‘Icon Relationship’ Benefits pending:
Percival, Thwarter of Orcus: Benefit
Varris, Thwarter of Orcus: Benefit with complications
Cram, Hero of the Spirits: Benefit with complications
Wjizzo still to roll
Fosden of the Cliffs
2 miles off the King’s Road, with the last light of the day, a rider came up on the trail of the Fairy Ring, having pushed his steed hard all the way from Winterhaven. Dismounting, the chainmailed spearman introduced himself as Fosden, a priest of Pelor the Sun Lord.
“‘Fosden of the Cliffs’,” Cram greeted him. “I know you from Fallcrest. First man ever to scale the Drachensgrab Cliffs (or first civilised one), and now a priest. Have you come to join my party?”
“Not if it’s a the sort party you hold in the Blue Moon Alehouse,” he smiled. “But I’m glad to have caught up with you.” Fosden told that he had accepted the charge of the voluble dwarven High Priest, Grundelmar, to investigate Gardmore Abbey.
[ Gary, did Fosden give more details about what’s supposed to be there, or about the paladin who’s expected up from the old capital in a few days’ time? ]
Though they had different goals, all agreed that they should approach the ruined abbey together.
“When good is divided, evil prospers,” quoted the priest.
Varris picked them a cautious route over the Gardbury Downs, clear as day to his elven sight, and by the light of a moon just past the full, the night gave none of them any difficulty.
By midnight they beheld the ruins of Gardmore Abbey on the next hilltop, a dark outline against the moonlit clouds. On the eastern flank of the hill flickered a number of fires, and at its base a mighty defensive wall reared up five times the height of a man. Cram favoured approaching the gatehouse, but the wall did not encircle the whole hill. It ended with a last watchtower at a point beyond which the steepness of the hill itself protected against any military assault. Percival pointed out that though an army could not launch an attack that way, a group such as themselves should be able to negotiate it. Fosden too was keen to make the climb, but Varris pointed to a place where the wall had been breached and never repaired, beyond which the slope of the hill was covered in forest.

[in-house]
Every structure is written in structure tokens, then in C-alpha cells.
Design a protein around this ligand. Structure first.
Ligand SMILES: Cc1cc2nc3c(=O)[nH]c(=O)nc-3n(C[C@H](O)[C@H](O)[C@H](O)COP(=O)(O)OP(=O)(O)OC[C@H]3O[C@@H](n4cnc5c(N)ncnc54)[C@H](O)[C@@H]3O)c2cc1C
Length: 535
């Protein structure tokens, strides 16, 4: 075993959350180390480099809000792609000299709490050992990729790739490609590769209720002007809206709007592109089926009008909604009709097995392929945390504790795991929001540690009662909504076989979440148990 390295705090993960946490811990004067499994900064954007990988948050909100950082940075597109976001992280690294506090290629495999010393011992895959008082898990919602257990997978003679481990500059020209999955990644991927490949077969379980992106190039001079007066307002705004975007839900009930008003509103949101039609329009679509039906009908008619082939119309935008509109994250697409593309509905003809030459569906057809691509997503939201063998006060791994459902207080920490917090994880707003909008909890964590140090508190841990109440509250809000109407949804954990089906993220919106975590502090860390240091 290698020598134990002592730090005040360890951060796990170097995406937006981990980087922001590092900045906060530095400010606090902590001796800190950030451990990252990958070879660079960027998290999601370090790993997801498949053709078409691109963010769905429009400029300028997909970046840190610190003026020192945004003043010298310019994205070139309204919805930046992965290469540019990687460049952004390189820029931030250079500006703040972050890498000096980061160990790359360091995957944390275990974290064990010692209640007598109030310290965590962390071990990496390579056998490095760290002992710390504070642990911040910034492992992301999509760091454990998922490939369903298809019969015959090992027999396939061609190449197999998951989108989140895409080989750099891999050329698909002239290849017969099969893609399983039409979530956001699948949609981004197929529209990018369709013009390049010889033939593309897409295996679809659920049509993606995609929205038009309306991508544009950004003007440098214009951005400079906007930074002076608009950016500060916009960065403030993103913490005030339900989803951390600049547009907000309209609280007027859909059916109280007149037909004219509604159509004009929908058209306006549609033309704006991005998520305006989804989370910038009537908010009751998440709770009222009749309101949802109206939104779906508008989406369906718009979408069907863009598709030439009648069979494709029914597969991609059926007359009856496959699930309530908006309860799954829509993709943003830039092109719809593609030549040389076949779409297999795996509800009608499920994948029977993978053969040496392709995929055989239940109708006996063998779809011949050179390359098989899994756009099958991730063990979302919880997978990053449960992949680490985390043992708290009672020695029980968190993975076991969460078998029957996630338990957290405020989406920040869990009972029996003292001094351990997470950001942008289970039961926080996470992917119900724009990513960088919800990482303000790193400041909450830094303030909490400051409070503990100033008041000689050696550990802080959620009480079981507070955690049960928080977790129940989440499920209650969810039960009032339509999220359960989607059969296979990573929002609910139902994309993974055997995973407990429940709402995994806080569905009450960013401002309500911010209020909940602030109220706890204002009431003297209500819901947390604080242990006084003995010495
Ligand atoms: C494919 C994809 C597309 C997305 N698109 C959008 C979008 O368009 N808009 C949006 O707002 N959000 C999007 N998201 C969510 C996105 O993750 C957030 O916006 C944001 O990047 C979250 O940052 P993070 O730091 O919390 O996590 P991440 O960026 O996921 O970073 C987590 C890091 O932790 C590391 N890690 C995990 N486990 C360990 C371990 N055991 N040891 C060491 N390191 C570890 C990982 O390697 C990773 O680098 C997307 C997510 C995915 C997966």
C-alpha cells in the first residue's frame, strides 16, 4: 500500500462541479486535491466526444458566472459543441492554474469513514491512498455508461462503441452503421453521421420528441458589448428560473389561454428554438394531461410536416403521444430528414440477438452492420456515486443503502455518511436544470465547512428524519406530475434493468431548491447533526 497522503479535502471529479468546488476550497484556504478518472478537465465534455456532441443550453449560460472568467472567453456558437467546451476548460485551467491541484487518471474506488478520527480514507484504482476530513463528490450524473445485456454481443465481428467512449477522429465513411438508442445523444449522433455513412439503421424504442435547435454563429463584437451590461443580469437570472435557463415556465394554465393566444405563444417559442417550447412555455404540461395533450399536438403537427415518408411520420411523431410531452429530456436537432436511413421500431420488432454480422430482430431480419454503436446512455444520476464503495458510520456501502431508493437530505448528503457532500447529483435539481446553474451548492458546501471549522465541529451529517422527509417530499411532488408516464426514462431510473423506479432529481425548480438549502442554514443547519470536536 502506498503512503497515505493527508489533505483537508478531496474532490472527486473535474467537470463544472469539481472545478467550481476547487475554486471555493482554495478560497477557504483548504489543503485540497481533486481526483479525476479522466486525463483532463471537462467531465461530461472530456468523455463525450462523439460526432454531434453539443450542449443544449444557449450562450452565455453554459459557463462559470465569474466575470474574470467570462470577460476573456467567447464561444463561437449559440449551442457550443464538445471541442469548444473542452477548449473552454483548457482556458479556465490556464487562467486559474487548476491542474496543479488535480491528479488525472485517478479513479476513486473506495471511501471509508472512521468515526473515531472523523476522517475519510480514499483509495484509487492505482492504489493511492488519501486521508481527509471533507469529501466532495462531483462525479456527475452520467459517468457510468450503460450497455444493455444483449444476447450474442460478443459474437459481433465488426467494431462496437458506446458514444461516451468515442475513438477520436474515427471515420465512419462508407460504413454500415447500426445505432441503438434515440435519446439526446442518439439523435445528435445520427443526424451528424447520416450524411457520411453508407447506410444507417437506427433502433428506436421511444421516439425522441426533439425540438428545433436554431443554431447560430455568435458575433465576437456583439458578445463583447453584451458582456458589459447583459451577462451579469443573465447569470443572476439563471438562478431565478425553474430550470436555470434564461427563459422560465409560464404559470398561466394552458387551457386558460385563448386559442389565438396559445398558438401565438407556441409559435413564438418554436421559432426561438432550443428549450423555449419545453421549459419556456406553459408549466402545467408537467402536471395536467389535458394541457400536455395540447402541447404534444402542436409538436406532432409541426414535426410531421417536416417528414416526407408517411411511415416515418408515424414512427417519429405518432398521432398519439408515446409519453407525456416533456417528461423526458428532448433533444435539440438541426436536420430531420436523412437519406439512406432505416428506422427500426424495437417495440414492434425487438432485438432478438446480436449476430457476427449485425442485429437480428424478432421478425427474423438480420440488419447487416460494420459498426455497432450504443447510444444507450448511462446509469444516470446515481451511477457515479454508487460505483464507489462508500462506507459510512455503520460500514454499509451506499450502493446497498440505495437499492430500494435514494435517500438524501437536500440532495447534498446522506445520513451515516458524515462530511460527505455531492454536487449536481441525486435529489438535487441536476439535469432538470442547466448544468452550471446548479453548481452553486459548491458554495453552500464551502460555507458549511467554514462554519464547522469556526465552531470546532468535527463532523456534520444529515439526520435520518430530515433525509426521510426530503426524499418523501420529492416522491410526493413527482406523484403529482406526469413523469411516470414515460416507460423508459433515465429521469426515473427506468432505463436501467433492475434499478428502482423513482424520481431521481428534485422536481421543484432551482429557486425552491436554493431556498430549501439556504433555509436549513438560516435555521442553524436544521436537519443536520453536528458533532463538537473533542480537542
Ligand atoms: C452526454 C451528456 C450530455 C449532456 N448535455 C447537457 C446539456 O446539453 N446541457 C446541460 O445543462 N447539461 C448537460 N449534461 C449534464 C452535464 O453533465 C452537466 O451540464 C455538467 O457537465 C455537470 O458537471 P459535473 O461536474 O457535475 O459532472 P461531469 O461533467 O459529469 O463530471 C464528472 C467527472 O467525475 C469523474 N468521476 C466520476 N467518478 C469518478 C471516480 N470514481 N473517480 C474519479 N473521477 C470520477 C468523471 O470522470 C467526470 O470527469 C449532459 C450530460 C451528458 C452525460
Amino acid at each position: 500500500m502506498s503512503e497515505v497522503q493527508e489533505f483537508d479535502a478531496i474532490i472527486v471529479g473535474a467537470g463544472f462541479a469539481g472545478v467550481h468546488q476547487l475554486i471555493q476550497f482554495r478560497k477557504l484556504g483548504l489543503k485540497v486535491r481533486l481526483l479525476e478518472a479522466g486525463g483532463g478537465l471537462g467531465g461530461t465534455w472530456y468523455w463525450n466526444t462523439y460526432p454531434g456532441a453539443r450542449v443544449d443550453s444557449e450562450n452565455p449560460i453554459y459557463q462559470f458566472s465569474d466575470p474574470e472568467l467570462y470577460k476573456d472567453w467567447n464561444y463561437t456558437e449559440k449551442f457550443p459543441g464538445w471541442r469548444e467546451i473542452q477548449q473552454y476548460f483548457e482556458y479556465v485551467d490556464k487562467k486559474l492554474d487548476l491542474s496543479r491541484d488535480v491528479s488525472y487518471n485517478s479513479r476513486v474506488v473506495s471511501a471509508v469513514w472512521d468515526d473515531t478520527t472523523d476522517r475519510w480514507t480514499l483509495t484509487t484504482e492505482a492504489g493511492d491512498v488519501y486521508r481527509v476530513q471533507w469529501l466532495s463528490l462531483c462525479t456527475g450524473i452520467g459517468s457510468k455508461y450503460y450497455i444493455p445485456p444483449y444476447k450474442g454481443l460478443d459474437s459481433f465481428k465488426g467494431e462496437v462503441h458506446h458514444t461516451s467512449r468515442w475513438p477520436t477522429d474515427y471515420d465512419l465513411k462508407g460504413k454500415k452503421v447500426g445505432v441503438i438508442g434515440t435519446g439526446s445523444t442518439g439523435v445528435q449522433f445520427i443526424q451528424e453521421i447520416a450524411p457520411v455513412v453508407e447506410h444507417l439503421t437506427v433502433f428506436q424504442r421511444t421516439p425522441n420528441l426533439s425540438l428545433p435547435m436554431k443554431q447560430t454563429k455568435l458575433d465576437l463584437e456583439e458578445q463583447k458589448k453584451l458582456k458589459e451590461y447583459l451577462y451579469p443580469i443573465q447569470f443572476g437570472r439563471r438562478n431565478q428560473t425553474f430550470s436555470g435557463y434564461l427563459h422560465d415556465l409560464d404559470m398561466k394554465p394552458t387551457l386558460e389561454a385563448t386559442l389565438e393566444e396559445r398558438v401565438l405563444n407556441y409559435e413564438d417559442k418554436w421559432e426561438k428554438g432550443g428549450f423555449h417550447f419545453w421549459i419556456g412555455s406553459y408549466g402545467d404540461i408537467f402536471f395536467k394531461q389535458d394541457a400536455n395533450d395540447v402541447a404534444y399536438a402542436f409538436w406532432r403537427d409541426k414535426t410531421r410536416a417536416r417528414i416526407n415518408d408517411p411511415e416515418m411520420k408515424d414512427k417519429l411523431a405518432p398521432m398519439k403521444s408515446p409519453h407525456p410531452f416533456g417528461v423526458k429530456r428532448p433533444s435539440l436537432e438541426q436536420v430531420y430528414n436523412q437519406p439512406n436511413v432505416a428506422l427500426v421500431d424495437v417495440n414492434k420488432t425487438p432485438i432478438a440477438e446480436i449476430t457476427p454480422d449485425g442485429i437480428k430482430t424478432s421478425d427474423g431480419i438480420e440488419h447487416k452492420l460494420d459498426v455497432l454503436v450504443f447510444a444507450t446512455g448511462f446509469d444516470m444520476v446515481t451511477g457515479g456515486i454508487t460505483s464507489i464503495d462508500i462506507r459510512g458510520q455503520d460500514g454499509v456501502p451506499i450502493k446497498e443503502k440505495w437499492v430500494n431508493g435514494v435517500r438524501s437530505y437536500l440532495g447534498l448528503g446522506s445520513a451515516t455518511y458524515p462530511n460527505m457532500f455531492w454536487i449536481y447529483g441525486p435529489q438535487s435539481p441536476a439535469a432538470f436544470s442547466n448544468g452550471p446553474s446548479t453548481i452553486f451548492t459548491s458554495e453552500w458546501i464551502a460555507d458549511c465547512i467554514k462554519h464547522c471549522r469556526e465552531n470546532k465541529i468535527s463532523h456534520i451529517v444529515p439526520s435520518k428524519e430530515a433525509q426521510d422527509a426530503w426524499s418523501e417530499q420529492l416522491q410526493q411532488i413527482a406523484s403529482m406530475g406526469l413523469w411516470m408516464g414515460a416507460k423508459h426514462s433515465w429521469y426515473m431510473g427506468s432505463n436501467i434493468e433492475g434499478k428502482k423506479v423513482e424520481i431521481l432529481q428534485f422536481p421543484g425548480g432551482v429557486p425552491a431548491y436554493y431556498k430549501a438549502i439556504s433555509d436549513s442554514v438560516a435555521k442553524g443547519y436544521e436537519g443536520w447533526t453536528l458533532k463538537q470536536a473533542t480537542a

With Varris leading again, they made their way through the wide breach and into the forest., unobserved by any watcher, and finding no sign of any others passing this way with any frequency. In low tones the ranger declared that this was more than a natural forest. It was denser and more vibrant with life not all of it just what was normal for these climes. He believed it touched by the Feywild. They stole forward through the heavy undergrowth beneath the trees, until they heard movement just ahead, and saw several figures moving to cover behind the trees around a glade.
“Hold, brothers. We do not know their intent,” came a whispered command in refined tones of the elven tongue.
Varris stepped forth, and promptly found the strangers to be High Elves of Wjizzo’s folk. But though he looked to Wjizzo to speak, the wizard was intent on divining the nature of this place’s connection to the Feywild, and simply shook his head.
“What is your business here?” demanded the leader, stepping forth. “Speak quickly or fall where you stand.” His long straight hair, his hauberk of fine chainmail and the naked edge of his longsword glimmered like quicksilver in the moonlight.